The holiday season can be a tough time for business owners. According to research released earlier this month by global financial technology platform Intuit QuickBooks, small and medium-sized businesses are expecting an average of eight invoices will go unpaid between now and Christmas Day.

One big headache is unpaid invoices. A recent article from the Adviser mentioned that these unpaid bills have led to a huge $22 billion shortfall for small and medium businesses. This problem gets worse during the holidays when expenses go up.

But with a little planning, you can beat the cash crunch. Being organized can help you start the new year with enough cash and let you enjoy a well-deserved break during the holidays.

Here are 8 simple tips to keep the cash coming in over the festive season, and tackle the issue of unpaid invoices.

Create a Cash Flow Forecast

It’s been a year like no other for businesses in Australia. But you can still learn from previous years and gain a better understanding of what to expect over the coming months.

Take a look at your historical sales revenue and outgoings to predict your working capital requirements. While this has been a year of uncertainty, cash outflows and seasonal sales trends should be similar to previous years for most businesses.

Using this data, you can create a cash flow forecast. Getting to grips with your working capital needs and identifying potential cash flow gaps is key to starting the new year on the right foot.

Get Ready for the Holiday Shopping Spree

This year, the holiday shopping spree is expected to be bustling, with Australians ready to shell out around $30 billion on everything from presents to festive outings1. That’s a 10% hike compared to last year’s spending. On average, each person is anticipated to spend nearly $1,400 to $1,479 during the Christmas season.

It’s a substantial pie, and a significant slice of annual revenue for retail businesses comes from this period. The Australian Retailers Association forecasts a total spending of $66.8 billion between November and Christmas Eve.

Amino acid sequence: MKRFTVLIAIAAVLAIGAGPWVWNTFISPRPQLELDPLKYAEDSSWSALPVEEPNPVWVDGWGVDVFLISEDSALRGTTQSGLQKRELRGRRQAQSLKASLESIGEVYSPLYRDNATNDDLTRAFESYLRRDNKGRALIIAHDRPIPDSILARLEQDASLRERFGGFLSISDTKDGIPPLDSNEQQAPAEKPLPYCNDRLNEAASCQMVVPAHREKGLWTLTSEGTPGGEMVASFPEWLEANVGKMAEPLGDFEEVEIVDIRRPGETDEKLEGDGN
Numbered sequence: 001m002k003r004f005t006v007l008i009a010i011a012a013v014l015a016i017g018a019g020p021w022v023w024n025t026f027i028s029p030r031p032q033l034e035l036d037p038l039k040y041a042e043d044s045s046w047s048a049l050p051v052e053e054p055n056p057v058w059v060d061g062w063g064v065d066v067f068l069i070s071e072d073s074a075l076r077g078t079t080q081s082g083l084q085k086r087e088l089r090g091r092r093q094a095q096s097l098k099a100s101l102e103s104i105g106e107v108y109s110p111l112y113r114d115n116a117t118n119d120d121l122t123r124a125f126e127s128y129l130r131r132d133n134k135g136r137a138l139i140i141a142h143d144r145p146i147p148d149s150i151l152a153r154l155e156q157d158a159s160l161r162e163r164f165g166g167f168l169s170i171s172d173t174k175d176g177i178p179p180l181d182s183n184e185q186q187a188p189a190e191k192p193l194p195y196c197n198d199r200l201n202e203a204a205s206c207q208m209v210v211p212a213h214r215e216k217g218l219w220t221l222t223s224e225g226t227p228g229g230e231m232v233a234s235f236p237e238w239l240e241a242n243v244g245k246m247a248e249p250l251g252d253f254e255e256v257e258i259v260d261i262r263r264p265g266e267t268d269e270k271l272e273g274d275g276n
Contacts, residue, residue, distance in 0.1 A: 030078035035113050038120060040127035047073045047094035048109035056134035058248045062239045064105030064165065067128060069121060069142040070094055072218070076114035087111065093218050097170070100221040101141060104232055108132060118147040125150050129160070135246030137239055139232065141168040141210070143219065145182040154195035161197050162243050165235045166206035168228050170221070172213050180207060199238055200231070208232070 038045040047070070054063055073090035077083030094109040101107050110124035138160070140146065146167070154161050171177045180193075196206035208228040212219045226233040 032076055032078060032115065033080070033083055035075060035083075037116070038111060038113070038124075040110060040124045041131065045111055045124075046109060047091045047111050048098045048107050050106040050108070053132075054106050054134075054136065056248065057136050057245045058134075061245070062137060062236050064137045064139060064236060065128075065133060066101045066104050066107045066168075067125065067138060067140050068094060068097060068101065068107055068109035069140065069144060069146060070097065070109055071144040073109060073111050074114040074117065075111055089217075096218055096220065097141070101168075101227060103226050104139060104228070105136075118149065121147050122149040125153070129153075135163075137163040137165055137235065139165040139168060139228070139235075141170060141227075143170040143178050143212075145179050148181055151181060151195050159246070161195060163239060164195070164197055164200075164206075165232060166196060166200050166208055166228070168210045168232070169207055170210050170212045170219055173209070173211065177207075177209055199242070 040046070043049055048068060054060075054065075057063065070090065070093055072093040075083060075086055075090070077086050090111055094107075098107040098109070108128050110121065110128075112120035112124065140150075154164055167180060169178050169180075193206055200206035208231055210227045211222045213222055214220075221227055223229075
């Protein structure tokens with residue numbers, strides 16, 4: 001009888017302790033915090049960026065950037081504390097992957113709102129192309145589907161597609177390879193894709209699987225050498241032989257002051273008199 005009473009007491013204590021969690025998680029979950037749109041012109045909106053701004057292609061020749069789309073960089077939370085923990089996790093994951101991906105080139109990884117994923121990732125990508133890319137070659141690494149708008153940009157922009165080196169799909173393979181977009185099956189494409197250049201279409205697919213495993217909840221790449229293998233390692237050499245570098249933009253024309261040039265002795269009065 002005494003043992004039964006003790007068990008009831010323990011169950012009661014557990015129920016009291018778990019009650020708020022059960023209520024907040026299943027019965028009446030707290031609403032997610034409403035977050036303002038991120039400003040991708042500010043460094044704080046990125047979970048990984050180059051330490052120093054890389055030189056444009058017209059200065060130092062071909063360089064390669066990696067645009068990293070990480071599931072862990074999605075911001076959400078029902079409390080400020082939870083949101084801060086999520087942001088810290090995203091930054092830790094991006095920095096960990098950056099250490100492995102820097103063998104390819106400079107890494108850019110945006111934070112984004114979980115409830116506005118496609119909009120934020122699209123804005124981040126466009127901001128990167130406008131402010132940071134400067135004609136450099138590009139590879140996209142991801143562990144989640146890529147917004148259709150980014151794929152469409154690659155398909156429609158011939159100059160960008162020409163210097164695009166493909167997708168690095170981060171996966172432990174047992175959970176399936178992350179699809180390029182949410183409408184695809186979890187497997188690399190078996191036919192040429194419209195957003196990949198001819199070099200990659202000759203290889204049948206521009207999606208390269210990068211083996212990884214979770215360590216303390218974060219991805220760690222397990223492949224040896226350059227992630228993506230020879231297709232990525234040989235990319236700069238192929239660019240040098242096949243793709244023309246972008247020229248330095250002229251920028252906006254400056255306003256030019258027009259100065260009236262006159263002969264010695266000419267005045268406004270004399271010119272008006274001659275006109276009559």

But to make the most of this spending bonanza, planning is your best ally. Ensure you have enough stock to meet the demand. If you run low, securing new stock amidst the holiday rush might be a tall order.

Also, having some funds ready can be a lifesaver. It’ll help you quickly restock hot-selling items and keep the cash registers ringing. If you need to, arrange for a line of credit or other funding sources well before the season hits full swing.

Start your preparations early, so when the holiday shopping fever sets in, you’re not just ready; you’re thriving.

Invoice Customers Early

Most businesses close over the festive period. You’ll be waiting until January to receive payment if you don’t invoice customers well before the Christmas break.

Sending out invoices early and setting up payment reminders can keep money flowing and help you avoid a cash flow crunch.

Offering your customers an early payment discount can also be an effective way to speed up payment cycles. Providing an incentive for your customers to pay early can provide access to capital when it can benefit your business the most.

Clear Unsold Seasonal Stock

Having unsold stock when the season ends can tie up your money, which could be used to cover important expenses like salaries, rent, and other bills.

It’s good to have enough stock to meet the demand, but having too much left over can lock up your capital and profits.
You’re the expert when it comes to your business, and you know the best time to stop buying seasonal stock.

As the season winds down, consider slashing prices on leftover items. Offering discounts can help bring in some extra cash to tide you over during the quieter post-Christmas period. Plus, it saves you from the hassle and costs of storing unsold merchandise. It’s a win-win: you free up some cash, and your customers score a deal.